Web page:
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Mercer

I was interested to read about a Harris poll on millennials’ savings priorities. The good news is that they are saving – in fact, they are saving more than their Gen X counterparts. The not-so-good news is that they have a lot of priorities that come before saving for retirement – and they’re hoping to retire, on average, at a youthful age 62! Just another nudge for employers to step up communications encouraging optimal use of all the employer-sponsored benefits and provide tools to support effective financial planning. We’re not talking about adding new benefits – just better packaging and communications for higher employee engagement and appreciation.

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Offerings of HSA-eligible high-deductible health plans have more than doubled in the past five years. Our 2016 National Survey of Employer-Sponsored Health Plans found that more than half of large employers (53%) now provide this type of plan to their employees, and nearly a quarter of employees (24%) are enrolled. At the same time, there has also been steady growth in offerings of onsite and near-site medical clinics, especially among the largest employers: About a third of employers with 5,000 or more employees provide a clinic for primary care services. An onsite clinic offers the maximum opportunity for control over quality, and more than half of the clinic sponsors in another Mercer survey said that their clinic is integrated with their population health efforts.

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The stalled House ACA repeal and replace effort means the next crucial decision about the ACA’s future will probably be made by the White House. Following the canceled vote on the American Health Care Act (AHCA), the immediate concern on the health reform front is whether President Trump is serious about his threat to let the ACA “explode” – to use his term.

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Click here to see the full infographic

 

We’ve been tracking the growth of consumer-directed health plans in our national survey for years.  Now policymakers in Washington are signaling interest in liberalizing health savings account rules, intensifying the focus on high-deductible plans that would be eligible for an HSA. While the majority of large employers already offer CDHPs – among the largest they are nearly ubiquitous – most often they are offered as a choice, not as the only medical plan. Building enrollment in a CDHP offered as a choice has proven to be challenging, but it can be done. In this infographic, we present survey findings that should be of interest both to employers thinking about a full replacement strategy and to those committed to offering a CDHP as a choice but looking to encourage more employees who could benefit to make the move. 

 

 

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Just a few days after the dramatic collapse of efforts to pass the House GOP’s American Health Care Act, more than 1,300 folks with an interest in employer-sponsored health benefits joined a Mercer webcast* to learn a) what the heck just happened, b) now what, and c) what does this mean for employer health benefits? A team from our Washington Resource Group aced the first question and gave as good a look into the future as possible without a crystal ball. 

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After their failed attempt to pass ACA repeal and replace legislation, President Trump and House Speaker Ryan indicated that they were “moving on” to other legislative priorities. On Tuesday, we learned that Republicans have restarted their conversations about healthcare. On Wednesday, Bloomberg reported the GOP was discussing a new vote as early as next week.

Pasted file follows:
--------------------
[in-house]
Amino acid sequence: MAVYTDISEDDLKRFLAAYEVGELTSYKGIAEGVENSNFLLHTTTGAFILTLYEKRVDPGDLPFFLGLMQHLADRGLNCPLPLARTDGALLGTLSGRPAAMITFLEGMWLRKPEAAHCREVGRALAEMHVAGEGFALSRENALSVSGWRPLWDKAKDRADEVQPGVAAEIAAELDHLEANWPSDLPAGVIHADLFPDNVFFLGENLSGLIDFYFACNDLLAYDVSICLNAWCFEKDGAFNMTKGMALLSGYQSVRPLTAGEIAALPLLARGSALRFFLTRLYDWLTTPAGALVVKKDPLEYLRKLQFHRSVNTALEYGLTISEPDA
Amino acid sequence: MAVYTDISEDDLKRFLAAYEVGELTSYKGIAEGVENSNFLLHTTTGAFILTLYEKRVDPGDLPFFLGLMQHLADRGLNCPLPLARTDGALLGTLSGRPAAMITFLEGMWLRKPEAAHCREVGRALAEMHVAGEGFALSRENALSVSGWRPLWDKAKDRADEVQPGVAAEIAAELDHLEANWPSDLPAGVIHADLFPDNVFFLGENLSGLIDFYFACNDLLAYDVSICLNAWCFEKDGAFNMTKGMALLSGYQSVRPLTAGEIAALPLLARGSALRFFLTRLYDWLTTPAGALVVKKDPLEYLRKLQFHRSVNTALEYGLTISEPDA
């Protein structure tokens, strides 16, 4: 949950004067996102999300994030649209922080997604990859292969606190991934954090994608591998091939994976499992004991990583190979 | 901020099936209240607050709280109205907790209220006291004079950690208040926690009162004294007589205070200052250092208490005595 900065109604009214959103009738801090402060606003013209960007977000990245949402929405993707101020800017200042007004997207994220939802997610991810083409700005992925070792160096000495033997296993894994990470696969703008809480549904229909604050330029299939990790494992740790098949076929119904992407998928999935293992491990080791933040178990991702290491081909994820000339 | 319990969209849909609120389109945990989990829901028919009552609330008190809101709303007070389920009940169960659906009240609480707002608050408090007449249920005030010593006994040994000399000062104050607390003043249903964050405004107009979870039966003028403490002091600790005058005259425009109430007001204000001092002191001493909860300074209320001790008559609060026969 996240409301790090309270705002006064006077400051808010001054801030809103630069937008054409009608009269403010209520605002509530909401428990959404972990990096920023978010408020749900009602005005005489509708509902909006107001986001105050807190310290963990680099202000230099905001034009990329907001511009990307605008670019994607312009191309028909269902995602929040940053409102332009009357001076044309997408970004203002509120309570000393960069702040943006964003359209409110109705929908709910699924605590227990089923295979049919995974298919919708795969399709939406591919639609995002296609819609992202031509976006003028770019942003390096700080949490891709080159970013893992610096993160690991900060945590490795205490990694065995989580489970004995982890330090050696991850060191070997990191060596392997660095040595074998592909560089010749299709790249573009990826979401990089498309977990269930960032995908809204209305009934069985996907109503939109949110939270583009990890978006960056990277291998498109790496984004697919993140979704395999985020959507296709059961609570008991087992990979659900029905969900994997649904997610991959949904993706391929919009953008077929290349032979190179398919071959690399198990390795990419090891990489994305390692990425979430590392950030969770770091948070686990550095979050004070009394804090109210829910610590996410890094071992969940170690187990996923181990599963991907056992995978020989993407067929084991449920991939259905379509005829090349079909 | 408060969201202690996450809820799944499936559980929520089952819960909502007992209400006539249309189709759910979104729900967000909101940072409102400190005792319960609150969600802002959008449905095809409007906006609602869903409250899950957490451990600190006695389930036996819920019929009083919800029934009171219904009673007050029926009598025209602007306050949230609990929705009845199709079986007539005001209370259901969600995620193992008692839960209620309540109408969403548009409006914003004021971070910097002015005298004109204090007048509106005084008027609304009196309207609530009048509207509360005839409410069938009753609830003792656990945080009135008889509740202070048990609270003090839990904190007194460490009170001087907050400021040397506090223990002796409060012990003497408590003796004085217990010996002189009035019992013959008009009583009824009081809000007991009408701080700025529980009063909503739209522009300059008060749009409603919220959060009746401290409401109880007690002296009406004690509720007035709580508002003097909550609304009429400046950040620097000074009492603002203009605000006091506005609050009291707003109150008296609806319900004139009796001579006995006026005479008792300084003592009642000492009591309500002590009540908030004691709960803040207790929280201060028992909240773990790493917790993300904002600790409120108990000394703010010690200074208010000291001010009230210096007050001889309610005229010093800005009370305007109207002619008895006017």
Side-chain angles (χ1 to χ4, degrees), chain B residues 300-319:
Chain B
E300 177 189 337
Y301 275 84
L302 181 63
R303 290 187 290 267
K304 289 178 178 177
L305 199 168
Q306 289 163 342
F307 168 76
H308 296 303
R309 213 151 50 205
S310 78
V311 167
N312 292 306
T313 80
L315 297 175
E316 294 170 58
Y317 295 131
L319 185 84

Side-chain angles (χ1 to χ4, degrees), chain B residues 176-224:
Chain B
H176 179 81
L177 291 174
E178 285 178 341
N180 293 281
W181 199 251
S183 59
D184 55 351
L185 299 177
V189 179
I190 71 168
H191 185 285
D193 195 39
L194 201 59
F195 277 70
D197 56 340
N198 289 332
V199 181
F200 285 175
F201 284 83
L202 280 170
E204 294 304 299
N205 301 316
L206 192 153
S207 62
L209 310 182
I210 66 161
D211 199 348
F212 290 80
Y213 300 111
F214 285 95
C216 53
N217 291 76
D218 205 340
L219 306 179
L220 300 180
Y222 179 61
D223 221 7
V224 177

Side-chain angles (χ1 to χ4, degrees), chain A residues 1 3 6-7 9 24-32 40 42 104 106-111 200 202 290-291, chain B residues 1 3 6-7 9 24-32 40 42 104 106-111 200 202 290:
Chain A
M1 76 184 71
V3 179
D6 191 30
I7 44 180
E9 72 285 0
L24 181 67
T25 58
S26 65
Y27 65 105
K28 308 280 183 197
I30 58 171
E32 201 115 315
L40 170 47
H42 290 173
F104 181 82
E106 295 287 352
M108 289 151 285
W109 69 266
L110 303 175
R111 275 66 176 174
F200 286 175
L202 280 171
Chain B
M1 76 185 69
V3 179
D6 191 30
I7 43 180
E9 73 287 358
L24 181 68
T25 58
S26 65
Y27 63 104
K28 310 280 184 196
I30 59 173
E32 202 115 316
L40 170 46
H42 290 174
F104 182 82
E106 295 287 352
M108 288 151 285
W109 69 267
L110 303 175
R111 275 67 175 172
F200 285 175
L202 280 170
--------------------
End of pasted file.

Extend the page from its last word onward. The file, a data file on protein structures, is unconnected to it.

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A couple of weeks ago (feels like ages) we launched a brief survey to find out where employers stood on specific provisions in the House GOP repeal-and replace-bill, the American Health Care Act (AHCA). We closed the survey on Thursday with more than 900 responses.  As I was reviewing the results on Friday, the bill was apparently dying -- but now House leaders and President Trump are signaling that it may be revived. Either way, the health reform debate is far from over, and many of the provisions introduced in the AHCA will likely remain part of the discussion.

 

The survey asked health benefit professionals how key provisions would affect their organization’s health benefit program, employees, and business success -- as opposed to how they might affect the individual market or people without access to employer-sponsored health insurance. They could also respond that the provision would not affect their organization one way or the other. 

 

HSA changes, repeal of employer mandate seen as positive

We didn’t ask for an overall opinion of the bill, but employers’ reactions to individual provisions added up to a less-than-ringing endorsement. To start with what they liked: 66% said that liberalizing HSA rules -- such as allowing higher contributions -- would have a positive effect on their organizations. That’s in the ballpark of the percentage of large employers nationally that offer HSA-eligible plans (53% in 2016). If you don’t offer an HSA-eligible plan and don’t intend to, or if you do offer one but none of your employees are likely to hit the maximum account contribution, you might not believe this provision would have much of an impact, like 29% of our respondents. 

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Last week Republican leaders abruptly canceled a House vote on the proposed American Health Care Act (AHCA) because it was clear that it wouldn’t pass. At a March 24 press conference, Speaker Paul Ryan, R-WI, said that the party will now "move on" to tax reform and other policy priorities.

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One possible fix for the public exchanges? Repeal the ACA provision expanding dependent coverage.  Allowing young adults up to age 26 to be covered under their parents’ plans has been one of the law’s most popular provisions, especially since it went into effect at a time when many young people were struggling to find full-time work in the wake of the recession. But it also took these same people out of the potential pool of enrollees when the exchanges opened in 2013. While many factors have contributed to premium spikes in exchange coverage in some states, one quoted across the board has been that fewer young people than expected signed up for coverage. Had young adults not been able get coverage through their parents’ plans, it’s possible a portion of them would have signed up for exchange coverage. And having these younger, and generally healthier (i.e., lower risk) individuals in the pool might have helped to keep the premiums down.